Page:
Tarla grinned. “Pretty, eh?”

“It’s accurate… right?” the pony confirmed nervously.

The griffoness flashed a scowl. “Of course! Hey, I spent a lifetime in the Royal Observatory learning all this stuff, plus 6 years of blood and sweat paying for fees. You can’t doubt my skill!”

Aidan rolled his eyes teasingly, before turning towards the candle and, with a ‘huff!’, snuffing it out, plunging the room into cold, star-lit darkness. He wrapped a hoof around Tarla and embraced her, the griffoness responding likewise. Outside, the air was chilly, but the two felt as if they were close to a lively hearth.

“Of course I’d never doubt your skill, Tarla Sparklefeather.”

She chuckled a little. “I always feel so relaxed after hearing that. Especially when you say my full name.”

He smiled. “Hey, I mean it. But…”


“Can’t say the same for the royal court.”

Tarla’s countenance darkened a little, as if the room was not dark enough.


“Not just your skill.” He sighed, disappointed, but not in her. “They doubt your everything, griffon and all.”

“Well, it’s not like we were that… kind to them…” Tarla cringed at her own understatement.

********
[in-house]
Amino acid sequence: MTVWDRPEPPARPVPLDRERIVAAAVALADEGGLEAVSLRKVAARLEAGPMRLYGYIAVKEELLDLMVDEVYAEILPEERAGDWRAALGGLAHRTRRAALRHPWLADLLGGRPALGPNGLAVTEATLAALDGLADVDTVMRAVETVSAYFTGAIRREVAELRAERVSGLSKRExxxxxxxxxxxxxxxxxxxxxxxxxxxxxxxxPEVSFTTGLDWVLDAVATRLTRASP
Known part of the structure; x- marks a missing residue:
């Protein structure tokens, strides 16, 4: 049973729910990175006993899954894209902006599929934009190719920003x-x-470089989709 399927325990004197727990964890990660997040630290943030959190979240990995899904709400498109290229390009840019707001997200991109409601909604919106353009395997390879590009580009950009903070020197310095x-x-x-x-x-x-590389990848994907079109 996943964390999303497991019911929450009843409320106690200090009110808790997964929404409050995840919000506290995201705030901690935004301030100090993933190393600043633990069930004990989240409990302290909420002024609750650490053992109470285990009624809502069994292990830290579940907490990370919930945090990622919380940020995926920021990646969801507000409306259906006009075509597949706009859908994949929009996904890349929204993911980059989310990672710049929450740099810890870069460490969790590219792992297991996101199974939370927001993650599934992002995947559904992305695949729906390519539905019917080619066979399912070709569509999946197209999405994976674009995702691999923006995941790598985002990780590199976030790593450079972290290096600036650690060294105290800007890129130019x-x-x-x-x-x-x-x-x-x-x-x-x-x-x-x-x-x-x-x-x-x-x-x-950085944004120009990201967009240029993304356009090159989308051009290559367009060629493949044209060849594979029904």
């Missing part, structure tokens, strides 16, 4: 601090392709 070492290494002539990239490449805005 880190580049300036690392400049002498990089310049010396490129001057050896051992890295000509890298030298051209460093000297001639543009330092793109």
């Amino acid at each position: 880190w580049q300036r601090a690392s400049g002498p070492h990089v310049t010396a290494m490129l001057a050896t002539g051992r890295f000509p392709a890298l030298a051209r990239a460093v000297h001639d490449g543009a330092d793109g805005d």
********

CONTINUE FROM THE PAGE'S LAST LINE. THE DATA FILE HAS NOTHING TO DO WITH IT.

“Well–” Aidan’s heart stung a little; the truth was too close to home. He sighed. “Yes.”

“I don’t blame you. We were cruel during the war.”

“I’d never hold that against you, though…”

“But it’s not just me, right?” Tarla leaned back and gazed at Aidan’s eyes, a sparkling yellow against the deep darkness. “You and I. They’d never…”

She looked away, rather ashamed to say it. But Aidan… he was a smart guy. He knew. And he understood.

“Right. I’m just your assistant.”

Now he was disappointed at her. Tarla drew in a sharp breath, feeling accused.

“No, no… you’re not just my assistant,” she whispered. “At least to me. I’d never want that.”

Now Aidan looked away, staring at the astrolabe bathed in starlight.

“Is it even possible?”

Tarla wanted to answer back. No, her heart urged her. Not now. Stay silent. She sighed, suddenly feeling nervous.

“I… I think we should get back to work. Somepony could see us.”

Aidan breathed. “Right. Don’t want any devilish rumors going around.”

Tarla rolled her eyes. “Especially not the court.”

The pony quickly struck flint, and the room was immediately lit up. The griffoness sat at the desk and inked up her quill. Aidan straightaway set the astrolabe spinning, and the two began mapping out the rest of the parchment.